APS Fellow Laura A. King in January will begin a 4-year term as editor of Perspectives on Psychological Science. King is Curators’ Distinguished Professor of Psychological Sciences at the University of Missouri. She researches personality psychology, well-being, motivation, meaning in life, individual differences in intuitive information processing, and narrative approaches to personality and identity, among other topics. She is the author of two psychology textbooks and numerous scholarly articles and book chapters. She has served as associate editor for a number of journals in personality and social psychology and has served as editor of the Journal of Personality and Social Psychology. The Observer recently asked King a few questions about her plans for the journal.
What goals do you have for the journal under your tenure? Do you plan any significant changes or additions to the journal itself or to the types of articles being published?
My goals are to steer the journal toward increased representation of scholars from broad areas of psychology. I hope that everyone comes to see Perspectives as I do — as the place where all of us, whatever our specialty, are once again just “psychology majors”. So, my hope is that the articles will reflect the intellectual diversity of our science. I hope to increase, as well, the diversity of authors and perspectives. I have always felt that science is a conversation. To me, that is nowhere more apparent than in the pages of Perspectives. That conversation includes many people from all areas and all levels of seniority, and all kinds of ideas. I welcome and actively invite folks to let me know what they are longing to hear about, what they themselves would like to say, and to “host” this fascinating, irresistibly interesting conversation as editor of Perspectives. I want to be surprised, engaged, and fascinated by good ideas.
One of the things that makes this journal stand out is that it, like all of APS’s journals, captures the full scope of psychological science. How will you preserve that breadth during your editorship?
I teach introductory psychology. That means that I, like many others, have had to master and share research from all of our science. Although I am a personality/social psychologist who studies well-being, I am a generalist in terms of my interests in psychological science. I love reading work from areas outside my own. I would give a special shout out to comparative cognition — I believe that some of the work being done in this area is the most interesting and most provocative a person could encounter. Sometimes, to me, it has seemed that researchers in areas that are easiest to describe in brief are the ones who publish in the most general journals. I hope to change that perception so that everyone with something important to say finds a place in Perspectives. I am also interested in hearing about the controversies that exist in fields outside my own and hope to highlight these in Perspectives. As a personality psychologist, one has little choice but to develop some expertise across psychology because our field is so broad. So, I see it as a true pleasure to get the chance to highlight important issues across all of psychological science.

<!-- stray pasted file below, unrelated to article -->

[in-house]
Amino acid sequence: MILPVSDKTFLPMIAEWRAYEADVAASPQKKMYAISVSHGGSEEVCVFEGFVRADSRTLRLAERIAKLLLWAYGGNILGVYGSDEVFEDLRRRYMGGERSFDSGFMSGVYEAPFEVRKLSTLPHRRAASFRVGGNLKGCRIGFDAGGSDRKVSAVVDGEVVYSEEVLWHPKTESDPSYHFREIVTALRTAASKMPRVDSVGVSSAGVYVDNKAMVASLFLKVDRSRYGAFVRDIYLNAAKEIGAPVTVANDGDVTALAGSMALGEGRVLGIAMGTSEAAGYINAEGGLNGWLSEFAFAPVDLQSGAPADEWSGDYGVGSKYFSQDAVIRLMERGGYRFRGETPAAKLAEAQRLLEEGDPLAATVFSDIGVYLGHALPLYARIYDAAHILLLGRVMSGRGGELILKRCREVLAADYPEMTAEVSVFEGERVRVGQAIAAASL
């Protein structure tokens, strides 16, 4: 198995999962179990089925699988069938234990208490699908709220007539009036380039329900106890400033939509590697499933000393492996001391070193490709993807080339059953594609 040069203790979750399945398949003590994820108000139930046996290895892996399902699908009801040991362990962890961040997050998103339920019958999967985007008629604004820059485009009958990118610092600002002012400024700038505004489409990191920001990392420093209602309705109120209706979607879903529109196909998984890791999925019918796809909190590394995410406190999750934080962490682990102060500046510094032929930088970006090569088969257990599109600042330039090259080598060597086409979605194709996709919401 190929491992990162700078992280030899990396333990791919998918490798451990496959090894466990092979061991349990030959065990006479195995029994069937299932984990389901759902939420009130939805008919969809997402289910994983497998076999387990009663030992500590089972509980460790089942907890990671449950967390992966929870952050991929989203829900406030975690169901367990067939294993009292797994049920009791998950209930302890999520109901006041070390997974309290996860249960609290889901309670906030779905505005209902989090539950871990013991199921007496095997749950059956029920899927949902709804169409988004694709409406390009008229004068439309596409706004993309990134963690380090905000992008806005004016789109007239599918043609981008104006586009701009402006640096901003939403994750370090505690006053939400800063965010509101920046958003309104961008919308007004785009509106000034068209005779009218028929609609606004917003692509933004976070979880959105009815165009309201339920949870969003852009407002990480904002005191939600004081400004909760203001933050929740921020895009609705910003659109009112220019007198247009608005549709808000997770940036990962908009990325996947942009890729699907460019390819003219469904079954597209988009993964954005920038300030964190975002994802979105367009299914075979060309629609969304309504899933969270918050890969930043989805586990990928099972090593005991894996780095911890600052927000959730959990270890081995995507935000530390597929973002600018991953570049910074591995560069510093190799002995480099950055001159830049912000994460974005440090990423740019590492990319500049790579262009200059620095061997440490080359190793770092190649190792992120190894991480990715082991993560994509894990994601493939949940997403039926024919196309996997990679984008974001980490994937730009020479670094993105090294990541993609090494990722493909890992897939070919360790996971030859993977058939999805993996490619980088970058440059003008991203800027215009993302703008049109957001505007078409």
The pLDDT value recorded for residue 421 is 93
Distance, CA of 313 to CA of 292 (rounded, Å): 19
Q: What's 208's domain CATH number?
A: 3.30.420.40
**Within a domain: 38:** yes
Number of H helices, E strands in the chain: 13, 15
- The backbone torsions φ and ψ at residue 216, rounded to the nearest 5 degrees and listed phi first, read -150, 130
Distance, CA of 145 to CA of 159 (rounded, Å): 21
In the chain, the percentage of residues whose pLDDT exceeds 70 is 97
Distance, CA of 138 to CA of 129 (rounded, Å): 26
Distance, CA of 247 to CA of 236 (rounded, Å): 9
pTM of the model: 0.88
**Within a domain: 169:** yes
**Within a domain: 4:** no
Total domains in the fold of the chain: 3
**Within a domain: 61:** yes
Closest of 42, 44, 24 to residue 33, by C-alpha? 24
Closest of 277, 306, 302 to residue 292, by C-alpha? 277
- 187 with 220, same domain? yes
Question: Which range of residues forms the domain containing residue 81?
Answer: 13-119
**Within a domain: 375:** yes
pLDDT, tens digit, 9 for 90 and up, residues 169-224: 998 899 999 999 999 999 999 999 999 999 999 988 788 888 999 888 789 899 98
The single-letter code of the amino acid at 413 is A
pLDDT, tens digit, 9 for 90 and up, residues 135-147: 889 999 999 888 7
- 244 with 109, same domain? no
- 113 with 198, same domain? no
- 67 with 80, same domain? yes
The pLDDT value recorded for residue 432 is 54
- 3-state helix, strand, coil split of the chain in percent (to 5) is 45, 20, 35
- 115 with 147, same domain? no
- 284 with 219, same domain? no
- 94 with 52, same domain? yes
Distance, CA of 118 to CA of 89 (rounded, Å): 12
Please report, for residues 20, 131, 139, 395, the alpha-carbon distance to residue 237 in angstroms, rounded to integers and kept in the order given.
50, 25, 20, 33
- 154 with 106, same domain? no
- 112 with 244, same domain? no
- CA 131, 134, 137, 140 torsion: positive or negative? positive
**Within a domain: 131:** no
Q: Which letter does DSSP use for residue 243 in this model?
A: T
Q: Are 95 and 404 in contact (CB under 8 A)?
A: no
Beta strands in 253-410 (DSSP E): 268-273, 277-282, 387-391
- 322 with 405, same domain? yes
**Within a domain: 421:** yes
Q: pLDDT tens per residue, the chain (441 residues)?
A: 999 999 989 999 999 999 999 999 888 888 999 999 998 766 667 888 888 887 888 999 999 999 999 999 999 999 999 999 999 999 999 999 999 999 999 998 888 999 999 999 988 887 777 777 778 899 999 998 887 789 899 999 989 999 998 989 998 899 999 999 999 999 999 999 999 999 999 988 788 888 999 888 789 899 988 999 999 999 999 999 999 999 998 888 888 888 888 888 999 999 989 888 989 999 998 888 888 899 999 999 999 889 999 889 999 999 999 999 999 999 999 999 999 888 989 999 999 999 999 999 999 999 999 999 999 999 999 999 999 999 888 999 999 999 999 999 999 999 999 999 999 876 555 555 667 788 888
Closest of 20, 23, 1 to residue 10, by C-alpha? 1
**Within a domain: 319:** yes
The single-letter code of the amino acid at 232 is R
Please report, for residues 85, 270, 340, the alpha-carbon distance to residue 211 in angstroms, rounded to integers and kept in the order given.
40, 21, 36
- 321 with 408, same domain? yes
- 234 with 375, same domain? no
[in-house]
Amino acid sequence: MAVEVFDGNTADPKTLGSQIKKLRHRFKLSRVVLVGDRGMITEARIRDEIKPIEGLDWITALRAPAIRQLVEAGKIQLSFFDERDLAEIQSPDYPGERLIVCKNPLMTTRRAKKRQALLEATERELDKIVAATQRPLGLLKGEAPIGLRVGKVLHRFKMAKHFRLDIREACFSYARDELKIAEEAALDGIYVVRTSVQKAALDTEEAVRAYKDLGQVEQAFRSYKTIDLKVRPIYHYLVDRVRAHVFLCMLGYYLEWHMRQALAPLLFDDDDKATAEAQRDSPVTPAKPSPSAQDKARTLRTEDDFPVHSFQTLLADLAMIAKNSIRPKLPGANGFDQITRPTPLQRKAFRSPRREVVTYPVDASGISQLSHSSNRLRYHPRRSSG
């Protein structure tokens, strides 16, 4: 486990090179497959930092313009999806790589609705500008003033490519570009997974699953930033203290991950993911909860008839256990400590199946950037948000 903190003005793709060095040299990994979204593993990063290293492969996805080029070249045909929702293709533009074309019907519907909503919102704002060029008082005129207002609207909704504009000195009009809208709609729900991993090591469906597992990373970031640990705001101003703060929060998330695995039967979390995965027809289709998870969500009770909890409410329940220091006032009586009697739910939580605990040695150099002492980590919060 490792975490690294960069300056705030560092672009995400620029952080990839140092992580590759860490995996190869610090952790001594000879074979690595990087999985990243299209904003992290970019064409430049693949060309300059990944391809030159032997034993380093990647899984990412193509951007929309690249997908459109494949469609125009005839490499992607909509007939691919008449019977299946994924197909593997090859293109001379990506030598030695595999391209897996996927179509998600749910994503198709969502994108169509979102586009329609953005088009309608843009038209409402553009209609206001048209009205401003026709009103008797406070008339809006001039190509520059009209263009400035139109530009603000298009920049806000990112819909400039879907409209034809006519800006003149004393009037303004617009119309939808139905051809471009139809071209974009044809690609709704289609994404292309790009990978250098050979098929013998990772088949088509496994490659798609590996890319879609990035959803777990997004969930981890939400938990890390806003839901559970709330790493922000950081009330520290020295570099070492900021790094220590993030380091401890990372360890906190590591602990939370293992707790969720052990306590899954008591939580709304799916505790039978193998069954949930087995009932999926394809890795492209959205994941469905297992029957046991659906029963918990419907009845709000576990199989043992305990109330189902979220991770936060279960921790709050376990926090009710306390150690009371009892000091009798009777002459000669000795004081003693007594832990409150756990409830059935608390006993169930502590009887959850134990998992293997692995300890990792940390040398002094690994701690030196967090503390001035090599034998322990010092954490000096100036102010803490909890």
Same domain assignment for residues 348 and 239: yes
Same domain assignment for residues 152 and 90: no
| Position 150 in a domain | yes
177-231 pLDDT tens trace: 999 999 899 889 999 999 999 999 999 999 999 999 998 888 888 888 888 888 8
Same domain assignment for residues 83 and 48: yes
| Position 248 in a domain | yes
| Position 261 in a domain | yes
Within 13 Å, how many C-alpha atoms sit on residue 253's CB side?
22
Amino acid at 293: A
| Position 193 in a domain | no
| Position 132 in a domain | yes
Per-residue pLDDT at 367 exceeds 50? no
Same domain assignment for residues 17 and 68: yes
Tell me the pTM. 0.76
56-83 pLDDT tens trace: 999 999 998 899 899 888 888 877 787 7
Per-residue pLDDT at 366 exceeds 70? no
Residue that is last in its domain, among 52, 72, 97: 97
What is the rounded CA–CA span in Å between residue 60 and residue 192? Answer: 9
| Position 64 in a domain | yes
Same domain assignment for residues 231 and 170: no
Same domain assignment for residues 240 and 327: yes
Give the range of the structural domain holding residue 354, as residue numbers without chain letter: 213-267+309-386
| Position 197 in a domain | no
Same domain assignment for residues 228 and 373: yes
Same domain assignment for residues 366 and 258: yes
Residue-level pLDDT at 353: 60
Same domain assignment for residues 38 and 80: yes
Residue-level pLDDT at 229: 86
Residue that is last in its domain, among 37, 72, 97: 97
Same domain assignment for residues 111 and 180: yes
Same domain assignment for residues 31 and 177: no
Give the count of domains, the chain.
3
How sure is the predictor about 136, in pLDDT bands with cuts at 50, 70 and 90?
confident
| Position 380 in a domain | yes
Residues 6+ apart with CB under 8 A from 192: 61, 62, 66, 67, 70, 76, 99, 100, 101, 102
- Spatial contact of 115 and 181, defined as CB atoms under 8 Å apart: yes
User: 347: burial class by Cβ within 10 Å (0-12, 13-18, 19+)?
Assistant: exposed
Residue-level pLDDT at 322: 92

What do you want prospective authors to consider when thinking about submitting to the journal? In addition to meta-analyses and longer, integrative review articles, are there other types of submissions you would like to see?
Quite frankly, I would love for people to consider the most interesting things they think, know, or suspect and consider writing these for Perspectives. I would love to publish dialogues that engage and model dispassionate discourse. Following on [Past Editor] Bobbie Spellman’s initiative, I am happy to consider replications for the journal. I would also love to feature a scholarly discussion of replication issues and what they mean for our science. Indeed, whenever conversations about these issues occur on Twitter or in blogs, I cannot help but think how much better it might be — how many more people would be reached, how many viewpoints might be shared — if the ideas were subjected to peer review and published in an outlet like Perspectives. So, I suppose I would like to issue not only an invitation but a challenge to authors who believe they have something important to say on this issue. Let’s move some of this intellectual heat to a scholarly outlet and see if we cannot have a conversation that brings light to our shared interest in excellent science.
Do you plan to develop special features or series in Perspectives? If so, what topics will you be focusing on?
In keeping with my goal to enhance diversity not only in the intellectual breadth of Perspectives but also in the authors and viewpoints, one of my goals is to feature brief contributions by individuals from underrepresented groups, sharing their strategies for success. I cannot tell you how many times I have been in conversations with people on the issue of the dearth of women and minorities in editorial work. “Why,” people ask, “don’t women/minorities edit, review, join ed. boards, etc.?” My hope is to bring attention to those who do do these things, and do them well, so that others can come to appreciate the place of engaging on this side of the publication process in a rich scholarly career.